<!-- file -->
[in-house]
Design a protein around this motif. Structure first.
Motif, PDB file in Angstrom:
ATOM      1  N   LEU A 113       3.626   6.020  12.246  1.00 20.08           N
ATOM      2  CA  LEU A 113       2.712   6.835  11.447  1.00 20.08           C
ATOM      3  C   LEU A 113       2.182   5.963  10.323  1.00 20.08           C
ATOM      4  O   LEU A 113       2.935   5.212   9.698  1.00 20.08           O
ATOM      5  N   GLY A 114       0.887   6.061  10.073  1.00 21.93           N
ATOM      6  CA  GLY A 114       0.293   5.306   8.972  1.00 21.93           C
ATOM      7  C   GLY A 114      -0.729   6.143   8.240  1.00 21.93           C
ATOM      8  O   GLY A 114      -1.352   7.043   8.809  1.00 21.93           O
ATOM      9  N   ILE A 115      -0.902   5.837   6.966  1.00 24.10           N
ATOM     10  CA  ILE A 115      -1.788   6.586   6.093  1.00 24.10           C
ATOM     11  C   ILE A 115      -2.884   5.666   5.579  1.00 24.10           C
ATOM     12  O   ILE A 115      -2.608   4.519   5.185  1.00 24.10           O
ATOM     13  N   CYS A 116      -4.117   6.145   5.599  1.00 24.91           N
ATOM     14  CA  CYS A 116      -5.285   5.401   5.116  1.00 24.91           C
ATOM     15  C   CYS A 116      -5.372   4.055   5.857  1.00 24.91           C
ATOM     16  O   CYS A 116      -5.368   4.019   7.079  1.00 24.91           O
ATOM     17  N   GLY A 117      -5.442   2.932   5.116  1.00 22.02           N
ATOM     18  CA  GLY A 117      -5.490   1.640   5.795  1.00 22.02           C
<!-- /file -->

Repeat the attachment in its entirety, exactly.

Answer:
[in-house]
Design a protein around this motif. Structure first.
Motif, PDB file in Angstrom:
ATOM      1  N   LEU A 113       3.626   6.020  12.246  1.00 20.08           N
ATOM      2  CA  LEU A 113       2.712   6.835  11.447  1.00 20.08           C
ATOM      3  C   LEU A 113       2.182   5.963  10.323  1.00 20.08           C
ATOM      4  O   LEU A 113       2.935   5.212   9.698  1.00 20.08           O
ATOM      5  N   GLY A 114       0.887   6.061  10.073  1.00 21.93           N
ATOM      6  CA  GLY A 114       0.293   5.306   8.972  1.00 21.93           C
ATOM      7  C   GLY A 114      -0.729   6.143   8.240  1.00 21.93           C
ATOM      8  O   GLY A 114      -1.352   7.043   8.809  1.00 21.93           O
ATOM      9  N   ILE A 115      -0.902   5.837   6.966  1.00 24.10           N
ATOM     10  CA  ILE A 115      -1.788   6.586   6.093  1.00 24.10           C
ATOM     11  C   ILE A 115      -2.884   5.666   5.579  1.00 24.10           C
ATOM     12  O   ILE A 115      -2.608   4.519   5.185  1.00 24.10           O
ATOM     13  N   CYS A 116      -4.117   6.145   5.599  1.00 24.91           N
ATOM     14  CA  CYS A 116      -5.285   5.401   5.116  1.00 24.91           C
ATOM     15  C   CYS A 116      -5.372   4.055   5.857  1.00 24.91           C
ATOM     16  O   CYS A 116      -5.368   4.019   7.079  1.00 24.91           O
ATOM     17  N   GLY A 117      -5.442   2.932   5.116  1.00 22.02           N
ATOM     18  CA  GLY A 117      -5.490   1.640   5.795  1.00 22.02           C